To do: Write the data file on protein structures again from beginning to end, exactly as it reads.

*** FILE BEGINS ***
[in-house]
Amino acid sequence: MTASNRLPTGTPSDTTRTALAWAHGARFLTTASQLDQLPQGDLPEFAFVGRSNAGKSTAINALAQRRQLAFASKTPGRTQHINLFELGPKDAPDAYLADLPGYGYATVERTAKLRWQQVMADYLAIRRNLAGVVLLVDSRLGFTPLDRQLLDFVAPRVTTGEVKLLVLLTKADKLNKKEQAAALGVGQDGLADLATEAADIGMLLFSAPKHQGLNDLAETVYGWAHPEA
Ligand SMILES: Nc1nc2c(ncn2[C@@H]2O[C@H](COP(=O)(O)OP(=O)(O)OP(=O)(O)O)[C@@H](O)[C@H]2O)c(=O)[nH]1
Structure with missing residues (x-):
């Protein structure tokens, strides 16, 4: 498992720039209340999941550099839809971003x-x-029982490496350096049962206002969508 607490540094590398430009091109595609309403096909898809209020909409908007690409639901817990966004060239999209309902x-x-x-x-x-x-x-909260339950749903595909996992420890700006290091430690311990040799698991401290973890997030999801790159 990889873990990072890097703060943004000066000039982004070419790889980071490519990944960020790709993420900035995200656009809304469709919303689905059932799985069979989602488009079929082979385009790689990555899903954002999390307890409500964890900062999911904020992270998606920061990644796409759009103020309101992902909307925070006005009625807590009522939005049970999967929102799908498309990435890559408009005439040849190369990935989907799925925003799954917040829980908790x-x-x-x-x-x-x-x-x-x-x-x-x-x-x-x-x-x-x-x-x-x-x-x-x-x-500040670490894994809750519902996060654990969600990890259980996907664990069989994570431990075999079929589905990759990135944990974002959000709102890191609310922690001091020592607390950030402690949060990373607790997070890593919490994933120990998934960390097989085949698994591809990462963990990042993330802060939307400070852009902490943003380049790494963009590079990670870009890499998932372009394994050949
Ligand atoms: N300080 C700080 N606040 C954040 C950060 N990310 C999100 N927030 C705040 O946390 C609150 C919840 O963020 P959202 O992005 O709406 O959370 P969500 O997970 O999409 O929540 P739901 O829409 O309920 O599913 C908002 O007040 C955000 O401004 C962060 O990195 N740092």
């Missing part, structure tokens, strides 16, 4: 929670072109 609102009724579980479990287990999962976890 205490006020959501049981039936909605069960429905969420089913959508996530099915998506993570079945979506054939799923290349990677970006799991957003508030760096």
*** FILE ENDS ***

[in-house]
Amino acid sequence: MTASNRLPTGTPSDTTRTALAWAHGARFLTTASQLDQLPQGDLPEFAFVGRSNAGKSTAINALAQRRQLAFASKTPGRTQHINLFELGPKDAPDAYLADLPGYGYATVERTAKLRWQQVMADYLAIRRNLAGVVLLVDSRLGFTPLDRQLLDFVAPRVTTGEVKLLVLLTKADKLNKKEQAAALGVGQDGLADLATEAADIGMLLFSAPKHQGLNDLAETVYGWAHPEA
Ligand SMILES: Nc1nc2c(ncn2[C@@H]2O[C@H](COP(=O)(O)OP(=O)(O)OP(=O)(O)O)[C@@H](O)[C@H]2O)c(=O)[nH]1
Structure with missing residues (x-):
């Protein structure tokens, strides 16, 4: 498992720039209340999941550099839809971003x-x-029982490496350096049962206002969508 607490540094590398430009091109595609309403096909898809209020909409908007690409639901817990966004060239999209309902x-x-x-x-x-x-x-909260339950749903595909996992420890700006290091430690311990040799698991401290973890997030999801790159 990889873990990072890097703060943004000066000039982004070419790889980071490519990944960020790709993420900035995200656009809304469709919303689905059932799985069979989602488009079929082979385009790689990555899903954002999390307890409500964890900062999911904020992270998606920061990644796409759009103020309101992902909307925070006005009625807590009522939005049970999967929102799908498309990435890559408009005439040849190369990935989907799925925003799954917040829980908790x-x-x-x-x-x-x-x-x-x-x-x-x-x-x-x-x-x-x-x-x-x-x-x-x-x-500040670490894994809750519902996060654990969600990890259980996907664990069989994570431990075999079929589905990759990135944990974002959000709102890191609310922690001091020592607390950030402690949060990373607790997070890593919490994933120990998934960390097989085949698994591809990462963990990042993330802060939307400070852009902490943003380049790494963009590079990670870009890499998932372009394994050949
Ligand atoms: N300080 C700080 N606040 C954040 C950060 N990310 C999100 N927030 C705040 O946390 C609150 C919840 O963020 P959202 O992005 O709406 O959370 P969500 O997970 O999409 O929540 P739901 O829409 O309920 O599913 C908002 O007040 C955000 O401004 C962060 O990195 N740092």
């Missing part, structure tokens, strides 16, 4: 929670072109 609102009724579980479990287990999962976890 205490006020959501049981039936909605069960429905969420089913959508996530099915998506993570079945979506054939799923290349990677970006799991957003508030760096």